Commas in English

Commas in English

The topic of punctuation in English should be approached with basic knowledge, otherwise you can get lost, like in a forest. It is a completely different language, with its own nuances in each rule. 


Are commas needed? 

Since the comma can be called one of the most common punctuation marks, it certainly exists in English. There are a lot of rules for its application in a sentence. Sometimes it is difficult to remember everything and you have to be guided by intuition. There are quite a few rules for setting commas in English. To understand what's what, we have selected all the most basic below. 



In English the appeal must be separated by a comma. This rule is one of the basic ones to study at school. However, do not be afraid if you suddenly see a text from an Englishman without a comma before the appeal. This happens quite often, especially if the appeal is at the end. 

Remember that there cannot be an exclamation mark after an appeal in English.

  • Dear Mary, we are very glad to finally hear from you… 
  • John, I just want you to know that I'm leaving tomorrow. 


Difficult sentence 

- Parts of a complex sentence that have their own grammatical basis will be separated by a comma, since they can be called full-fledged separate sentences. 

  • He filled the bath, but the water wasn't hot enough for him. 
  • Boys has been to the seaside today, but they didn't take any picture. 

- descriptive attributive sentences are also distinguished by a comma, or even two if they are in the middle: 

  • The boss of the company, who is extremely friendly, asked me if I want to have dinner with him. 

- subordinate adverbial clauses will be separated if they come before the main clause: 

  • If I want to have this album, I can buy it through the Internet. 



Simply saying: a comma is not needed before because, but after it is necessary. If a little more complicated, then this conjunction implies the use of an adverbial clause (Adverb Subordinate Clauses). Such clauses are used with conjunctions as, because, since, though, although, even, even if, if, unless, when, whenever, while, rather than, in order that, so that, before, once, after, until. 

A comma in a sentence with an adverbial clause will only be used if it comes before the main clause. That is, if the whole sentence begins with the word because, then the turnover with this word is separated from the second part of the sentence by a comma. This will not happen if the because part follows the main clause. 

  • Because he liked her, he asked her out. 
  • He asked her out because he liked her. 



 The form of politeness, in the form of the word “please”, will be highlighted in writing with commas in almost the same way as because. Here, if the word is at the beginning of the sentence, then there will be no comma after it. However, if it is at the very end, then a comma is needed.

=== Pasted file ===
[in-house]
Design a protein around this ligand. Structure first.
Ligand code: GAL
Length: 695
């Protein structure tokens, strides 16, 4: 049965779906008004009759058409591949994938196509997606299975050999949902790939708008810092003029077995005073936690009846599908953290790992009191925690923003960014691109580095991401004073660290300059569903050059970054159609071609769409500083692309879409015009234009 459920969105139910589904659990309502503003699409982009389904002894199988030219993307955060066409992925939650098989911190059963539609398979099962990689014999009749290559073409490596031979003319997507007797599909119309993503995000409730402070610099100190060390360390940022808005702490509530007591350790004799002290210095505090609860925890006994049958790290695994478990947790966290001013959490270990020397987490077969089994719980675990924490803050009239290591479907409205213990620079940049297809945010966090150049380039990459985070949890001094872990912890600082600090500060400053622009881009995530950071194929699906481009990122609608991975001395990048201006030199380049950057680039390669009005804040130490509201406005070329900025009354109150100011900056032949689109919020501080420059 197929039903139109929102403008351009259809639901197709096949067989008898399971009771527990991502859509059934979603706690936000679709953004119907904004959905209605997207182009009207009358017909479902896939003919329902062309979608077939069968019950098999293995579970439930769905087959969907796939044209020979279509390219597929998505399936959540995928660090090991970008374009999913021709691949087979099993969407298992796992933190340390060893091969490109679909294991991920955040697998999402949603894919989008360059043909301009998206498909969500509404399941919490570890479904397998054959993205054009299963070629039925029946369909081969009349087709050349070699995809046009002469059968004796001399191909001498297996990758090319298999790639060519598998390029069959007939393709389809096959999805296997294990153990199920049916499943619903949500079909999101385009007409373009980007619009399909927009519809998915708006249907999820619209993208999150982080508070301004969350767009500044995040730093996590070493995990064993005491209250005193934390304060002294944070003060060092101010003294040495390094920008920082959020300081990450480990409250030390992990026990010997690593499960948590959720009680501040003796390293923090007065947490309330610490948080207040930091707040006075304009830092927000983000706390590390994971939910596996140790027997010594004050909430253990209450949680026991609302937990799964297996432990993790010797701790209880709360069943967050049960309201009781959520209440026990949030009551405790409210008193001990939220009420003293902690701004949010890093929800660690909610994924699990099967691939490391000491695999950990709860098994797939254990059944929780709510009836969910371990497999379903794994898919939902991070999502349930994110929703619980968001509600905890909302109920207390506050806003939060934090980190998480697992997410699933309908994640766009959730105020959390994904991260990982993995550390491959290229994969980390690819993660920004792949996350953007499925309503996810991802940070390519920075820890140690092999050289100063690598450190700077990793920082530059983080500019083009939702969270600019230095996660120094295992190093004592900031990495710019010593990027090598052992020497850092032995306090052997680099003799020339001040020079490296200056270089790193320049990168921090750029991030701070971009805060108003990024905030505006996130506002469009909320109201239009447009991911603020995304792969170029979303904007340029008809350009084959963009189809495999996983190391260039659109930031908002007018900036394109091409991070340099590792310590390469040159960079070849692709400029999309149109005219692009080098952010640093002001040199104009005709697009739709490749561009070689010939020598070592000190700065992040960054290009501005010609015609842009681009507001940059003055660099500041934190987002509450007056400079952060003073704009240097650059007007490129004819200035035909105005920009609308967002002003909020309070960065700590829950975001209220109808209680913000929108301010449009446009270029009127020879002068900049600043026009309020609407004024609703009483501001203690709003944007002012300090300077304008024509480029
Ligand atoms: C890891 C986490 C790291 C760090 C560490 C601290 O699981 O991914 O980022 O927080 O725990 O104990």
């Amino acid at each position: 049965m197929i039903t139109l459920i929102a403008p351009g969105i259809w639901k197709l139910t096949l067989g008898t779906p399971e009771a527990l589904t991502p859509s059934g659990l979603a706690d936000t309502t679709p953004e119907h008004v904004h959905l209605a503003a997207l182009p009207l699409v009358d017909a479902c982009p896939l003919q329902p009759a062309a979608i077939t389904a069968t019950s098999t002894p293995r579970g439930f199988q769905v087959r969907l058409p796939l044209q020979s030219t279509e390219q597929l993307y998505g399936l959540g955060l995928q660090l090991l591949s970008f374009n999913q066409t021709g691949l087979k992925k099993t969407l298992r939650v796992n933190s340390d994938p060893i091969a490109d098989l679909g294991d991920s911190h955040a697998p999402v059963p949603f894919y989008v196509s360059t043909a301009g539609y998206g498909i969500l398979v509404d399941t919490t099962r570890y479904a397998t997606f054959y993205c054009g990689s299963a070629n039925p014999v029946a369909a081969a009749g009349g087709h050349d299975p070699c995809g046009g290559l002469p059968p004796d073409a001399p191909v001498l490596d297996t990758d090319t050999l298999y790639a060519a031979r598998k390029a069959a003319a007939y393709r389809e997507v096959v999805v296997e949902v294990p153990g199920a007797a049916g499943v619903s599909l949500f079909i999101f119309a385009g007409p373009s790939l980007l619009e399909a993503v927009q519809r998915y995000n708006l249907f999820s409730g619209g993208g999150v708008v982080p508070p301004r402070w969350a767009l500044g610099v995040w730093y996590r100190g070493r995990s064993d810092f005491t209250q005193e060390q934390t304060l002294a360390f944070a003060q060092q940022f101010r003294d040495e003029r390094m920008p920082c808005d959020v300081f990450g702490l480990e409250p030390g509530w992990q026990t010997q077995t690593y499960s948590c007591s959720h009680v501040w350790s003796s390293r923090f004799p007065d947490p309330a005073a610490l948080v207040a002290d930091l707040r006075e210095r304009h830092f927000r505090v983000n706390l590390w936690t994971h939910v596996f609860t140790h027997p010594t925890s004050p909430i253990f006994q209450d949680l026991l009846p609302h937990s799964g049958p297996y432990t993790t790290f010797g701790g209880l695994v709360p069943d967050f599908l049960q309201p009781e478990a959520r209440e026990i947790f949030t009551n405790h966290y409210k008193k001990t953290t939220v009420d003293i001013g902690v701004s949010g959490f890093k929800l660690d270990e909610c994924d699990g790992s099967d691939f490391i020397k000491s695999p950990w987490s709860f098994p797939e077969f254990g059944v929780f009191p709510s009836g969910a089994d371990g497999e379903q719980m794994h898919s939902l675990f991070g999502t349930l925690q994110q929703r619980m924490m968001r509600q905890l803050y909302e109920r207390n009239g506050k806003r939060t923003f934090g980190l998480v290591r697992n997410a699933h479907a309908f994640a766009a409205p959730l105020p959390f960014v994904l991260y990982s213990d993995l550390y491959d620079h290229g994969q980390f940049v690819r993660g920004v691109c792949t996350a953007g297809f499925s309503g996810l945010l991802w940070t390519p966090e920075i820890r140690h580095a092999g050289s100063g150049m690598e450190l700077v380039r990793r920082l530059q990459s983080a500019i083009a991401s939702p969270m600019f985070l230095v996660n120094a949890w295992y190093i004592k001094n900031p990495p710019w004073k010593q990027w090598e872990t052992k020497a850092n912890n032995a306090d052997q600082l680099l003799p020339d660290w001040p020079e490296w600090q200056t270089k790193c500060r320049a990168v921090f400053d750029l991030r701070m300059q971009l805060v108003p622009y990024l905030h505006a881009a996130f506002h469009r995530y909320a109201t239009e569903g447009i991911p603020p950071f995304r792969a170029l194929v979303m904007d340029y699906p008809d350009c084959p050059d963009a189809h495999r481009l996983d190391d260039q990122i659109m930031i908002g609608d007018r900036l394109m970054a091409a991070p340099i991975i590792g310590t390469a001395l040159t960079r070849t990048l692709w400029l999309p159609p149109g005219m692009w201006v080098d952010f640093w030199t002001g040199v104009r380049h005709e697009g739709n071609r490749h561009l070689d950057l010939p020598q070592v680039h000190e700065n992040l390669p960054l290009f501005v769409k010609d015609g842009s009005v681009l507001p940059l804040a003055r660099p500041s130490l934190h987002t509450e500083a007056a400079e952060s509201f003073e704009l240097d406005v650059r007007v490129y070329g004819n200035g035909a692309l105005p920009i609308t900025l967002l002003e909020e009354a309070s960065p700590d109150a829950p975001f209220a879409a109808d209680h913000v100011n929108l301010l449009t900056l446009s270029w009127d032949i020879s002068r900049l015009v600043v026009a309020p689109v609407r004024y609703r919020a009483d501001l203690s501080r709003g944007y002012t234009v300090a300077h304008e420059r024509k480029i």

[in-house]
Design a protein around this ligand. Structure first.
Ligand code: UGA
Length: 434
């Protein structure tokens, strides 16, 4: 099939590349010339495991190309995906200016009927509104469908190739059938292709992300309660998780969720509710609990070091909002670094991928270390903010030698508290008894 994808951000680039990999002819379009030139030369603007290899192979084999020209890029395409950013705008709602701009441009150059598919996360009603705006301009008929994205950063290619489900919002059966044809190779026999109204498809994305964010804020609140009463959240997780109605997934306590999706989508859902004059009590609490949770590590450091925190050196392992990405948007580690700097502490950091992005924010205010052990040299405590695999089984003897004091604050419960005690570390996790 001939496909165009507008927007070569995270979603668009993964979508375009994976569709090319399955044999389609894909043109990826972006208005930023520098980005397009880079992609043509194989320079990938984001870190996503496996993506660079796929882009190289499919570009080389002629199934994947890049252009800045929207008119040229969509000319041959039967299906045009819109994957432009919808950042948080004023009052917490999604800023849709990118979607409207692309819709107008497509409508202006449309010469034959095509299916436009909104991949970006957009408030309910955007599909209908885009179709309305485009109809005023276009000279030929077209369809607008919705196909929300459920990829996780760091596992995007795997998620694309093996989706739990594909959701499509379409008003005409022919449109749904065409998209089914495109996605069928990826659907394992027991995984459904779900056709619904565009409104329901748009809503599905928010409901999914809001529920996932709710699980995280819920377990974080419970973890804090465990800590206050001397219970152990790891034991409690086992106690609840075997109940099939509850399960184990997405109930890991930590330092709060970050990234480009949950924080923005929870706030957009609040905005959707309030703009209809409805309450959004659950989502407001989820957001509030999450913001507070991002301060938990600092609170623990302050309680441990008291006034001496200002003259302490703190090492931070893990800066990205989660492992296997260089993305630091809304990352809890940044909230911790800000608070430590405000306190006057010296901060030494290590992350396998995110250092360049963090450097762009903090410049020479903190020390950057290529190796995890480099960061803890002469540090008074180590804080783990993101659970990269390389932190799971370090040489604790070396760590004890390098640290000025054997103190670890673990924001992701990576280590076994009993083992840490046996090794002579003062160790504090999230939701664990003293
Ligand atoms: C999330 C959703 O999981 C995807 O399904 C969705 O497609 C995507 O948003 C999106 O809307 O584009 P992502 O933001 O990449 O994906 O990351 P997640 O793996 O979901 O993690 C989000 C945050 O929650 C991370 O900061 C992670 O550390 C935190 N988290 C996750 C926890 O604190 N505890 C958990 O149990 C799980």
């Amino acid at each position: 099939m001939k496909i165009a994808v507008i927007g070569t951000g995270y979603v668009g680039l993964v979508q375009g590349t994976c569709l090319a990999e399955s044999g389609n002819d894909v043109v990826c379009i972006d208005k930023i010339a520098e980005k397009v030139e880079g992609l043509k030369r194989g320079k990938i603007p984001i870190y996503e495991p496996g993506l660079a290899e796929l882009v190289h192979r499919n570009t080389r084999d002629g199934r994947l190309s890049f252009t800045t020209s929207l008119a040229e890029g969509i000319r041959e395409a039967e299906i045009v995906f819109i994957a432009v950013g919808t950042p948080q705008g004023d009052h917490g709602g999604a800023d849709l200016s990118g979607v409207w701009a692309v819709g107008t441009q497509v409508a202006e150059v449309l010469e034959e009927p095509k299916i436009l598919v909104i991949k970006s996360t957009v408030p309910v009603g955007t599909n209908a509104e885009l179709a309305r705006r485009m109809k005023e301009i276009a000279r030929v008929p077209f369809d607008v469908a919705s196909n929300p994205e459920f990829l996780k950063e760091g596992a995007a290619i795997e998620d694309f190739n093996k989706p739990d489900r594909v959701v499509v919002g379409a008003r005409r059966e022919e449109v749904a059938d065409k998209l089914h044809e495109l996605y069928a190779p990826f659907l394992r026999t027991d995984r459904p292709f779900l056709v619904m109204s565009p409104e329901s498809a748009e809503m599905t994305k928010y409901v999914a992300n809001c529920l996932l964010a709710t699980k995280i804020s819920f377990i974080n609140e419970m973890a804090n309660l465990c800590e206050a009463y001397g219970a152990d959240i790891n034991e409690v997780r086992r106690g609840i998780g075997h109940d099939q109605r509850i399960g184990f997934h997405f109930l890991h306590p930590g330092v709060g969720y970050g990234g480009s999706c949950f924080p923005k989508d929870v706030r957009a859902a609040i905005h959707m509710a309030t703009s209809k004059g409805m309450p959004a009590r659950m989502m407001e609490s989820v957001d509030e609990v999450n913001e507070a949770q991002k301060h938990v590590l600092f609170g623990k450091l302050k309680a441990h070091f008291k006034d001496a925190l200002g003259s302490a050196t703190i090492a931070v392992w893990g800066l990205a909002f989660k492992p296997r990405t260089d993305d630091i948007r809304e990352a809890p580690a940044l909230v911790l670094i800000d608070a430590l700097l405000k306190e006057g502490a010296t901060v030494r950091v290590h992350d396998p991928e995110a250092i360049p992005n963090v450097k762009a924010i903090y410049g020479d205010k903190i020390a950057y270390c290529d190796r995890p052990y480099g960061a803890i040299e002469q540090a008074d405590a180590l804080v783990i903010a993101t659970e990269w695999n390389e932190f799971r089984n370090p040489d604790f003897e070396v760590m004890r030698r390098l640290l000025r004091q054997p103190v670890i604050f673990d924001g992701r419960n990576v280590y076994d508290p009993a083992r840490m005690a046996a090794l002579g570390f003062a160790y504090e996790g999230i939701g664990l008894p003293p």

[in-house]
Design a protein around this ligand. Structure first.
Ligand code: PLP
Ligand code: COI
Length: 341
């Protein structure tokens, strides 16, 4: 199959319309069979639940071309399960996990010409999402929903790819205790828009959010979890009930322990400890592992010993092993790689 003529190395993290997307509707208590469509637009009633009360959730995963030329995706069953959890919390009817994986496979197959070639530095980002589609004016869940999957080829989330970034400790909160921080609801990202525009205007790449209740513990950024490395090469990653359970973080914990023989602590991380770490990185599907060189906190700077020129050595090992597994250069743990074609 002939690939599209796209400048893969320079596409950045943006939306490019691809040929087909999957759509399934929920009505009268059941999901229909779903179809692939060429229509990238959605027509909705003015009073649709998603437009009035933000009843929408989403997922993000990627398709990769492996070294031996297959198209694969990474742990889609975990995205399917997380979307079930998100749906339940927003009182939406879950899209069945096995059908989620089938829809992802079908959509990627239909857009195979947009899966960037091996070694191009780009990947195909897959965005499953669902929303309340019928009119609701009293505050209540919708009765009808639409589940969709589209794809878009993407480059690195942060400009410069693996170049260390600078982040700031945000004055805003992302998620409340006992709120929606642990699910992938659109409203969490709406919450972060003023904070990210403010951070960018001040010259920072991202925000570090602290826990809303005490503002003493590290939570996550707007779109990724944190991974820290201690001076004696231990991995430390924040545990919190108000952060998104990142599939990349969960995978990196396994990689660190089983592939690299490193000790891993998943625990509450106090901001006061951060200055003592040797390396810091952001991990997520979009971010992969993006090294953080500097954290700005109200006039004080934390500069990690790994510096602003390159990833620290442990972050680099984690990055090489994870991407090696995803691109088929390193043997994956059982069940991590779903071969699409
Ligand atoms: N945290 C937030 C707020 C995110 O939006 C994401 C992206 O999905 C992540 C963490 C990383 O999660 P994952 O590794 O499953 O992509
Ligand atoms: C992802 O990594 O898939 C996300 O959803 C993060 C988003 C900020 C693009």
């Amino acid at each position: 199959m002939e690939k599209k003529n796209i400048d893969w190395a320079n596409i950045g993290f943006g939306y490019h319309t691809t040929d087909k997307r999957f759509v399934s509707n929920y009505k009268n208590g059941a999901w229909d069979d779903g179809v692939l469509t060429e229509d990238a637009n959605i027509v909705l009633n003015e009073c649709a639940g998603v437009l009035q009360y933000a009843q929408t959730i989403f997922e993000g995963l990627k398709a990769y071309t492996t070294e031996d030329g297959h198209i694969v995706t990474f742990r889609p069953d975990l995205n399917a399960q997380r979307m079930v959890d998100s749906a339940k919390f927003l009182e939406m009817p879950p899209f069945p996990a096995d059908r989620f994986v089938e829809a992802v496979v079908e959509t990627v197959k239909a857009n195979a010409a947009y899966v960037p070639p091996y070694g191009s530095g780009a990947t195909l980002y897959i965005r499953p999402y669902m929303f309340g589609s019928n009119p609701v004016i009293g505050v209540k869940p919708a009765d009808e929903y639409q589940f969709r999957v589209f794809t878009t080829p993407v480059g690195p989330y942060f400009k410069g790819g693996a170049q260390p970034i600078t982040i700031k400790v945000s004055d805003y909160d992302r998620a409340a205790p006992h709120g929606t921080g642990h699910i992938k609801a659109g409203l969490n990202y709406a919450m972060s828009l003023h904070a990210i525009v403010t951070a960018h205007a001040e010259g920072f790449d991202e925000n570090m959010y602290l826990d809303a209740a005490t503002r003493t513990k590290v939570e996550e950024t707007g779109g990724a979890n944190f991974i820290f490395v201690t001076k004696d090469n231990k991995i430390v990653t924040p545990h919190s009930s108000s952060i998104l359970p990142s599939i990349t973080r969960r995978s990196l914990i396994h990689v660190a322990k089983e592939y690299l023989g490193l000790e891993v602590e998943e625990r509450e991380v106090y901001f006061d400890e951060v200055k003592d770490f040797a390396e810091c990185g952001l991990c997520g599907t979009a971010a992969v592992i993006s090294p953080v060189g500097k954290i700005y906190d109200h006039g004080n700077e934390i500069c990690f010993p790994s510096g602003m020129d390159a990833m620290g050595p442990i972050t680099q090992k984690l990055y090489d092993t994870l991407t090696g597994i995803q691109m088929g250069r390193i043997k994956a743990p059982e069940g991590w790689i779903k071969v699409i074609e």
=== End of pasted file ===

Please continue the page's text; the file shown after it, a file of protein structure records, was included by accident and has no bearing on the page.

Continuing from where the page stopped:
• Please close the door, it’s cold. 
  • It’s cold. Close the door, please. 



As a coordinating conjunction, but is intended to connect two parts of a compound sentence. If these parts are complete, that is, each of them will have its own subject and predicate, then they will be separated by a comma. 

  • He told us that he did the homework, but we didn't believe him. 

If there is no full sentence after the conjunction, then there will be no comma. 

  •  She is very pretty but stupid. 
  • We painted the house but forgot about doors and windows. 
The same rule applies to the conjunctions or, so and and.



If the sentence is enumerated using several words, and the last one is preceded by the conjunction and, then a comma will also be placed before it. 

  • We watched a movie, a cartoon, and a music video. 

This rule is not so mandatory, and it is called the Oxford comma. That is, here we ourselves can decide whether to put a comma before the conjunction or not. All other enumerations are separated by commas. 



Also, like the two previous conjunctions, it will be separated only if there are two grammatical bases in the parts of the sentence. 

  • He paid for dinner, so I decided to pay for coffee later. 



A word meaning "also" and “too”. The question of its place in the sentence is a separate issue. But it depends on it whether a comma is placed after too or not. So, for example, if it is at the end of a sentence and means "also, too", then the comma may or may not be there. Philosophical question? Probably not. 

  • I am going to go there too. 
  • She likes horror movies and comedies, too. 

Both options are correct, but most often there is no comma before too. We put it there only when we want to emphasize the last word. 



Of all the types of subordinate clauses, the conjunction which belongs to the category of adjective subordinate clauses that define the characteristics of a noun. There are restrictive and non-restrictive clauses, depending on the presence of which there will be a comma. 

The restrictive clause reduces all the characteristics of an object or person to one, the most important: 

  • She met a guy who was wearing a strange blue and green hat. 

A non-restrictive clause, on the contrary, highlights one characteristic against the background of many others: 

  • She met a guy who was wearing a strange blue and green hat, which was dirty. 

As can be seen from the example, a comma must be placed in a non-restrictive clause. 


Comma required 

- in subordinate clauses that begin with conjunctions when, if, as soon as, so, which 

- in questions with a repeat question like "isn't it so" 

- after the introductory phrase, which determines the time of the action 

- after participial and adverbial phrases 


The comma is NOT needed 

You do not need to put a comma before the conjunction than when comparing. 

  • That tree is higher than this one. 

When transmitting indirect speech, both with and without a conjunction. 

  • He said that he had fallen asleep in the bath.